To ensure member states were up to speed on the latest cutting-edge developments, STAT procured multiple briefings from companies participating in NIH’s RADx (Rapid Acceleration of Diagnostics) initiative. RADx helped to scale up the production of tests by identifying and selecting companies with promising technologies. These behind-the-scenes briefings ensured that STAT members are ready to take advantage of testing innovations as soon as they were ready for use.
Building On Success
Founded by 10 charter states in August, STAT had more than tripled to more than 30 participants. As more states and territories participated, they only increased their leverage for test purchases, enabling better prices and quicker delivery. This also enriched the exchange of best practices and key learnings that could be replicated across state lines.
Since August 2020, STAT members had weekly discussions to learn from each other’s experiences. They shared challenges and success stories for deploying and distributing tests where they were needed most–including the schools and workplaces whose safety was crucial to controlling the coronavirus. These conversations helped public health officials refine the best approach for their state or territory.
To keep members in constant contact with organizations and agencies on the frontlines of the pandemic response, STAT formed working relationships with:
- National Governors Association
- Rapid Acceleration of Diagnostics (RADx) Initiative at the National Institutes of Health
- Department of Health and Human Services
- Duke-Margolis Health Policy Center
- Biomedical Diagnostics program at Arizona State University
Kicking Off School Sports Safely
States shared lessons on how to implement safe policies for re-starting school sports, including strategies for changing masks during breaks and timeouts.
Cutting Through Red Tape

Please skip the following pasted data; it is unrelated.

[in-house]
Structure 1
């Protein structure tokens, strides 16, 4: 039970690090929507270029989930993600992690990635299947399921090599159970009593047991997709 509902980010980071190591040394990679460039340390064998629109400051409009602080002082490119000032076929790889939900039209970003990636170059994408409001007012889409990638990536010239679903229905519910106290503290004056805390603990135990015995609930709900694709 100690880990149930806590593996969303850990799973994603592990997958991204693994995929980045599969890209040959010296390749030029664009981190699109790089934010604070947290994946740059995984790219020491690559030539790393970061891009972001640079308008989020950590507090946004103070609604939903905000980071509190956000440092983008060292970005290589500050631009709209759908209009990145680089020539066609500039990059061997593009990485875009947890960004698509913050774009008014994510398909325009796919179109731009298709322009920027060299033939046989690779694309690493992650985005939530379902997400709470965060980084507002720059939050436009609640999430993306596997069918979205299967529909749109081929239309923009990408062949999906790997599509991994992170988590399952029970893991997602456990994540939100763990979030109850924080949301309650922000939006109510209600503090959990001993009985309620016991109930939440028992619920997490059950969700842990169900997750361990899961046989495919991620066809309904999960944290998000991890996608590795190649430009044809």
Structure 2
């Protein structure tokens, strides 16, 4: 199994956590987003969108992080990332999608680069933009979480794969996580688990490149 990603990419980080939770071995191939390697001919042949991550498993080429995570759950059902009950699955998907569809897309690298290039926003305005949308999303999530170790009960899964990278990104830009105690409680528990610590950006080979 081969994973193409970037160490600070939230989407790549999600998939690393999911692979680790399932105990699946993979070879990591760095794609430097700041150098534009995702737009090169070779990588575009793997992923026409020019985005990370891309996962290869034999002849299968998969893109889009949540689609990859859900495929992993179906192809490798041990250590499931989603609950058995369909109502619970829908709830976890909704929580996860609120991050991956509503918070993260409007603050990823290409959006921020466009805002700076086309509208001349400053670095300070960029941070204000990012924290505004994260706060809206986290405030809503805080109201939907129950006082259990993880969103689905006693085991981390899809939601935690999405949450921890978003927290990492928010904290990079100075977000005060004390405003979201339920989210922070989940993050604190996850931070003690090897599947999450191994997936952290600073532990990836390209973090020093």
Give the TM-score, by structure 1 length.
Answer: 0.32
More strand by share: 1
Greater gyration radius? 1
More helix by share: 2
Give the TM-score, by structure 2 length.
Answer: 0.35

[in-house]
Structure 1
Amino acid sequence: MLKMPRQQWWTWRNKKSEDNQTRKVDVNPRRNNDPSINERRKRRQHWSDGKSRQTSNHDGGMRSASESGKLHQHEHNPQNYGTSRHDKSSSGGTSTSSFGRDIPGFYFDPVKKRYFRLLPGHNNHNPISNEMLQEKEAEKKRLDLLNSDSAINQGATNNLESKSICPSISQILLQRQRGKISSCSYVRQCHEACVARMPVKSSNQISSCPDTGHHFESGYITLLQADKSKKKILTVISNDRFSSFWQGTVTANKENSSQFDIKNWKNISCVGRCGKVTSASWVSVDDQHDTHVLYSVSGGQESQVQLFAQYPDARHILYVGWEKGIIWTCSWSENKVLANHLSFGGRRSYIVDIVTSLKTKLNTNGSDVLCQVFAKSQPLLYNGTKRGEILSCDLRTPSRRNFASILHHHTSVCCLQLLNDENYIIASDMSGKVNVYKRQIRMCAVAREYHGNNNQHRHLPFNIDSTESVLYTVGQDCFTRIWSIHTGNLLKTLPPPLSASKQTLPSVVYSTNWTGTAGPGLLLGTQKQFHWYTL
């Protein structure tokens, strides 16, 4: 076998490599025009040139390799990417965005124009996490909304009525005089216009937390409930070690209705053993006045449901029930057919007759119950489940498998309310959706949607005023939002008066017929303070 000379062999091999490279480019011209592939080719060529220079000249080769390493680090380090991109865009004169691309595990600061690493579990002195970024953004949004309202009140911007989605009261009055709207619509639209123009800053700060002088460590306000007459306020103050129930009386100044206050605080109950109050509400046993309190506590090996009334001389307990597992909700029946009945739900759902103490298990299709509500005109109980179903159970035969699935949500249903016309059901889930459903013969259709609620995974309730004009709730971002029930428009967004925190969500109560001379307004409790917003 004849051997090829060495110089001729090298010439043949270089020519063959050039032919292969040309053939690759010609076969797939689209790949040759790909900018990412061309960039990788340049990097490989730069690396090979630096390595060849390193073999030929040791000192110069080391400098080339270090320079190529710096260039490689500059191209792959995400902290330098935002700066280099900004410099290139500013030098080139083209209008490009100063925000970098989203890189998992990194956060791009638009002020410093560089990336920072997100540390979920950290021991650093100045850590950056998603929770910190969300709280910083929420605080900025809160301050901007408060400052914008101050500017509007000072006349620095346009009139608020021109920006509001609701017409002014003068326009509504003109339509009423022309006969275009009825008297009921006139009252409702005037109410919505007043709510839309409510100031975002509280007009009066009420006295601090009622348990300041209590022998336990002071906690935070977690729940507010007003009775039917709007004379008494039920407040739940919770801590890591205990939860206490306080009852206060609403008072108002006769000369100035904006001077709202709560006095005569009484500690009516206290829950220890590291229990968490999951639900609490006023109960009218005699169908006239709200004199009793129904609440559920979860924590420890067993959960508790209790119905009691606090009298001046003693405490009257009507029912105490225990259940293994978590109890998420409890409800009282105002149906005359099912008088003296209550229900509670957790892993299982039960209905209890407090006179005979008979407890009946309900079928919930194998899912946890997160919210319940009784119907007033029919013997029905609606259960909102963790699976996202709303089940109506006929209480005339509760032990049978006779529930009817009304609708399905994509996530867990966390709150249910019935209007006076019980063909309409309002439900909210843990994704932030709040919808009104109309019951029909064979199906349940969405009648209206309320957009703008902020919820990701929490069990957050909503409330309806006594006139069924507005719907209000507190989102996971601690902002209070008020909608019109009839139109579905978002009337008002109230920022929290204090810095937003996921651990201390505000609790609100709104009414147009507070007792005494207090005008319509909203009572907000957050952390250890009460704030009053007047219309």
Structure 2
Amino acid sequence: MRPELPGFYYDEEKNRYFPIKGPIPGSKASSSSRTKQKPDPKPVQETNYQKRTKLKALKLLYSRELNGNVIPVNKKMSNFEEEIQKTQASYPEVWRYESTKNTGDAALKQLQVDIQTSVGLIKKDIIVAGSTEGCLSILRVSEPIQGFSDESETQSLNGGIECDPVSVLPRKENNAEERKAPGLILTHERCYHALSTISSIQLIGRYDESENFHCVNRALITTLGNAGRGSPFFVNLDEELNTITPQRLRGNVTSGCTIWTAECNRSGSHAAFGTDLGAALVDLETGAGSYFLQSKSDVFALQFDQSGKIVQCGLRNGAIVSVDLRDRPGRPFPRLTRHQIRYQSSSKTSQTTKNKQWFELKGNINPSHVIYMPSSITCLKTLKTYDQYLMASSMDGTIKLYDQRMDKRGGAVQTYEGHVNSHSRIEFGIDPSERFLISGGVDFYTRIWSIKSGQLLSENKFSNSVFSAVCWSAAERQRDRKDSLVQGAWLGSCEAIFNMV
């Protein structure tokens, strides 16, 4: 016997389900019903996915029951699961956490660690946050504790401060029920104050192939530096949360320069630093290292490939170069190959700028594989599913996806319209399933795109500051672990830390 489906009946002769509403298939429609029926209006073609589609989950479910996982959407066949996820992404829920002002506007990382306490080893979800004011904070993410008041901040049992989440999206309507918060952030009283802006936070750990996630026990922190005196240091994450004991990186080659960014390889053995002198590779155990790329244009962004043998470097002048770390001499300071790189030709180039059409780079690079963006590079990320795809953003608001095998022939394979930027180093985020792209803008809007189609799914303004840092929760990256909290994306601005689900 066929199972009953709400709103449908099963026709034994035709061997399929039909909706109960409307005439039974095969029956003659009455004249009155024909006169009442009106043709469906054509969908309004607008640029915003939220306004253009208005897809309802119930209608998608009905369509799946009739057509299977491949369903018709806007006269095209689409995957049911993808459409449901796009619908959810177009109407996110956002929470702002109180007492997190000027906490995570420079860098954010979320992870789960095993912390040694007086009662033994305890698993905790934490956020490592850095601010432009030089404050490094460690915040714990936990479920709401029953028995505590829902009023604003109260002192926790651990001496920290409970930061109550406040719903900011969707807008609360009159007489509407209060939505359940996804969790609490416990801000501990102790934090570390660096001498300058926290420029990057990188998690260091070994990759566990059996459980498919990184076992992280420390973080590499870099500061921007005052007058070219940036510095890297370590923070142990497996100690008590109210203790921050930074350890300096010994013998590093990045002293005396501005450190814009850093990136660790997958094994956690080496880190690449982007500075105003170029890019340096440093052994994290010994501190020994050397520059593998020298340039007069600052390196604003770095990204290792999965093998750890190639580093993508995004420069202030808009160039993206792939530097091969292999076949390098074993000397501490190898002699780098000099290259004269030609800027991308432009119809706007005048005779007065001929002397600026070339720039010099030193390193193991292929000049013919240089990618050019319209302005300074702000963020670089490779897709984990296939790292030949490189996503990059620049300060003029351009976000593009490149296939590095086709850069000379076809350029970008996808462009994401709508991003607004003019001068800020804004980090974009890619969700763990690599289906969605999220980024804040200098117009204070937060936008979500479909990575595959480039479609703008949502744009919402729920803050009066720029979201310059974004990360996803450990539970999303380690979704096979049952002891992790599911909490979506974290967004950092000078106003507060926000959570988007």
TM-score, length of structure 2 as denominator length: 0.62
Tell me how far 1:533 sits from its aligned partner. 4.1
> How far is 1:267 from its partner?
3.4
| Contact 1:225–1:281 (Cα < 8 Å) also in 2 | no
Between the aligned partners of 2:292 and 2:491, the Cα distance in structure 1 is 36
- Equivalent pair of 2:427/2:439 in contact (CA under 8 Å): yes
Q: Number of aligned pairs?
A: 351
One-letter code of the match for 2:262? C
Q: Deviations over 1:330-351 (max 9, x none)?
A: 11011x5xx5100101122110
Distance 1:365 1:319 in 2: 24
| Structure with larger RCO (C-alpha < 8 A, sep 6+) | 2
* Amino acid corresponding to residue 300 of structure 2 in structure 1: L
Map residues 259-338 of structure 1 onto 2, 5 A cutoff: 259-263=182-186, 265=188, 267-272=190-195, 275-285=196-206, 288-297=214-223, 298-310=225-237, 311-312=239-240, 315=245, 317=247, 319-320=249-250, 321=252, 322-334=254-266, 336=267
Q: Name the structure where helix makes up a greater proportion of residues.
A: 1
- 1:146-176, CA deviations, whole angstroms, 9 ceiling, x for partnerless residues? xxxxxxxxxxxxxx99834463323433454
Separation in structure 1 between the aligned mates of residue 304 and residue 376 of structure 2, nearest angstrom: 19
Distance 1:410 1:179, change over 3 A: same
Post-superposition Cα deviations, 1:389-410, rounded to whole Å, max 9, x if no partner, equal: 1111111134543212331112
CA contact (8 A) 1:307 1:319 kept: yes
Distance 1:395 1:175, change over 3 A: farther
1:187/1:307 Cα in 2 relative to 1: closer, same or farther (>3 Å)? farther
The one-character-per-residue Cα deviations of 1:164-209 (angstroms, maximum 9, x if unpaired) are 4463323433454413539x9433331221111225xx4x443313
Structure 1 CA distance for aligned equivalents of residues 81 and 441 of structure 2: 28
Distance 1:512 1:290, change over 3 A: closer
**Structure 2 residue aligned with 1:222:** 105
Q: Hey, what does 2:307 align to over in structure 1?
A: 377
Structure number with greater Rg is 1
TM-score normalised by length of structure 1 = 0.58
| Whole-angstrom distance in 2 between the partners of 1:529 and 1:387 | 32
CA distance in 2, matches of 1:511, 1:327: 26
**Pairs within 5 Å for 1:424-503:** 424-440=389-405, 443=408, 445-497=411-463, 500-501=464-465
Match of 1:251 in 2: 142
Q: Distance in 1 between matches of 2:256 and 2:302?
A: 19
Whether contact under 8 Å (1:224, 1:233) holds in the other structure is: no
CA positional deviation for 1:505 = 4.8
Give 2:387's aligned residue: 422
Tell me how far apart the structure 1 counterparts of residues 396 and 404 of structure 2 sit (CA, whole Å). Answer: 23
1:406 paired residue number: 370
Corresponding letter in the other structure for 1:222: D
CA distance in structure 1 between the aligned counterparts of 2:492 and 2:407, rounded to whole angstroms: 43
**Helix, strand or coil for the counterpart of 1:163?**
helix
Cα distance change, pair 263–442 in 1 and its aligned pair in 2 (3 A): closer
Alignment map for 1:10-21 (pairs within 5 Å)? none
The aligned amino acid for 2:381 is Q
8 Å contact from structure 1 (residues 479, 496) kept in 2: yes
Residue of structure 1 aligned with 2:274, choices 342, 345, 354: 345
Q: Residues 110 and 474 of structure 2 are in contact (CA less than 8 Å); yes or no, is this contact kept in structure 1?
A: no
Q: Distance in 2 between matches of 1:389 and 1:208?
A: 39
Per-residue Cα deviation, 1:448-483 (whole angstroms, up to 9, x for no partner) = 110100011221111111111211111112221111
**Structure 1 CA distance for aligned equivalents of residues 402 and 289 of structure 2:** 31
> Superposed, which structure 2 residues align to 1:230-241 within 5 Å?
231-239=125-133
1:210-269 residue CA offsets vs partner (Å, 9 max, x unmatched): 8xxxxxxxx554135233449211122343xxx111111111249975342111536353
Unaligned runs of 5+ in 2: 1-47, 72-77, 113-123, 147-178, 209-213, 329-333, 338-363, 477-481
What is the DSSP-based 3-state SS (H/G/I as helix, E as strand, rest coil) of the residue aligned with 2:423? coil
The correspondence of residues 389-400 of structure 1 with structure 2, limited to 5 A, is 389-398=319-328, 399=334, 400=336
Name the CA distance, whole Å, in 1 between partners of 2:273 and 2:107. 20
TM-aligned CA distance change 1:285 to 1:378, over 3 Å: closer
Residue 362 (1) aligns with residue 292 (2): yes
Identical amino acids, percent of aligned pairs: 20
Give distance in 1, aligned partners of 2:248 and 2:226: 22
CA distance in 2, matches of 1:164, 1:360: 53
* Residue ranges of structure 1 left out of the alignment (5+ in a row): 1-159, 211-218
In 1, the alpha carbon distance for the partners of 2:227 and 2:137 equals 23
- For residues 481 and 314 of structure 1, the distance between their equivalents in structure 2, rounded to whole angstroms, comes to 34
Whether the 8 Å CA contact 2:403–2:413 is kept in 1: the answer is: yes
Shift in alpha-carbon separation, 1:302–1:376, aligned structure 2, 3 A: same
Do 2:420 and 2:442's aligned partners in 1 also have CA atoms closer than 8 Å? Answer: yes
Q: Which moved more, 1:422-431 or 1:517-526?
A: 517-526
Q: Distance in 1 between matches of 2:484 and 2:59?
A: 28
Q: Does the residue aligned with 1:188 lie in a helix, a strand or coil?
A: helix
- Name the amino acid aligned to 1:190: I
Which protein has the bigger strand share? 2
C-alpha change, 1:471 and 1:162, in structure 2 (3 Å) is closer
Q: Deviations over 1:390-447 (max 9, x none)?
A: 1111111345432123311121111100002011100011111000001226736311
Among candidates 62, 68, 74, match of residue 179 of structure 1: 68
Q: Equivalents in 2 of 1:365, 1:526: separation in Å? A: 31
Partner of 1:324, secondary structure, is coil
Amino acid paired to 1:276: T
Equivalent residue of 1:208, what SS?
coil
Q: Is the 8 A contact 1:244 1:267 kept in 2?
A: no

After learning about a new approach during a STAT presentation, multiple states vastly streamlined their approval process for conducting rapid antigen tests in schools, cutting through red tape and eliminating the need for thousands of individual regulatory approvals.
Sharing Lessons On Equity
Multiple states revised their vaccine distribution policies after hearing examples of how other states had improved equitable distribution in communities of color.
Finding Digital Solutions to Scale Testing
After a STAT briefing from the U.S. Digital Service, one STAT member quickly deployed a new digital platform to increase the number of facilities undertaking antigen testing.
Massachusetts successfully rolled out symptomatic K-12 testing; test supply was a major challenge to widespread asymptomatic screening. Massachusetts operationalized Phase 1 of its BinaxNOW Rapid Point of Care Covid-19 Testing for K-12 Schools in November 2020 with a group of about 150 interested public school districts, charter schools and approved special education schools providing any form of in-person instruction.
The state recommended testing students and staff who were showing Covid-19 symptoms fully or partially. Participating districts and schools were required to obtain CLIA waivers, received test kits at no cost, and in most cases, administered the test using existing staff resources. Having conducted a validation study of the Abbott BinaxNOW test that confirmed very high specificity in both adults and children and very high sensitivity in newly symptomatic adults, Massachusetts planned to conduct an additional study focused on the sensitivity of BinaxNOW for asymptomatic children. Massachusetts cited lack of test supply as a major challenge in any attempt to conduct widespread asymptomatic testing in a K-12 setting.
Texas took bold steps to secure a statewide CLIA waiver, clearing the way for testing at 10,000+ campuses. Texas rolled out screening tests on an opt-in basis for its K-12 populations using Abbott BinaxNOW tests in two ways: targeted for staff and students who present symptoms of Covid-19 while on campus; and screening for staff at frequencies contingent on the Covid-19 hospitalization rate within each school’s Trauma Service Region (<7%, every 4 weeks; 7-15%, every 2 weeks; >15%, every week).